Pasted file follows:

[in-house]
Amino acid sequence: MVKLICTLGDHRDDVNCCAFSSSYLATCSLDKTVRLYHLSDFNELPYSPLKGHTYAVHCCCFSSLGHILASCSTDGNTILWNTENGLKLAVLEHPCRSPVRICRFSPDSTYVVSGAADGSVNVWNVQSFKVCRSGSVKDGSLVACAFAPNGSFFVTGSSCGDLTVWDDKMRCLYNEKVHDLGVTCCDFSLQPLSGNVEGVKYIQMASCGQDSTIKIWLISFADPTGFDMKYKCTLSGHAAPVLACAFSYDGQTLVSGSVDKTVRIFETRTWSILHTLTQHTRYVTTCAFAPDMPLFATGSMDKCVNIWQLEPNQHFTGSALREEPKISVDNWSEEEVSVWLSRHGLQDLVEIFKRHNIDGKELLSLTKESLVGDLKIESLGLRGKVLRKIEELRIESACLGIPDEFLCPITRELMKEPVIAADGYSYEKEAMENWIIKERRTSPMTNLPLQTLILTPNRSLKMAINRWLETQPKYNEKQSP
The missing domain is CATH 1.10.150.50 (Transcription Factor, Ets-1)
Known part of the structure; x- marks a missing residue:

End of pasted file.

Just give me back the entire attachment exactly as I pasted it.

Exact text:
[in-house]
Amino acid sequence: MVKLICTLGDHRDDVNCCAFSSSYLATCSLDKTVRLYHLSDFNELPYSPLKGHTYAVHCCCFSSLGHILASCSTDGNTILWNTENGLKLAVLEHPCRSPVRICRFSPDSTYVVSGAADGSVNVWNVQSFKVCRSGSVKDGSLVACAFAPNGSFFVTGSSCGDLTVWDDKMRCLYNEKVHDLGVTCCDFSLQPLSGNVEGVKYIQMASCGQDSTIKIWLISFADPTGFDMKYKCTLSGHAAPVLACAFSYDGQTLVSGSVDKTVRIFETRTWSILHTLTQHTRYVTTCAFAPDMPLFATGSMDKCVNIWQLEPNQHFTGSALREEPKISVDNWSEEEVSVWLSRHGLQDLVEIFKRHNIDGKELLSLTKESLVGDLKIESLGLRGKVLRKIEELRIESACLGIPDEFLCPITRELMKEPVIAADGYSYEKEAMENWIIKERRTSPMTNLPLQTLILTPNRSLKMAINRWLETQPKYNEKQSP
The missing domain is CATH 1.10.150.50 (Transcription Factor, Ets-1)
Known part of the structure; x- marks a missing residue: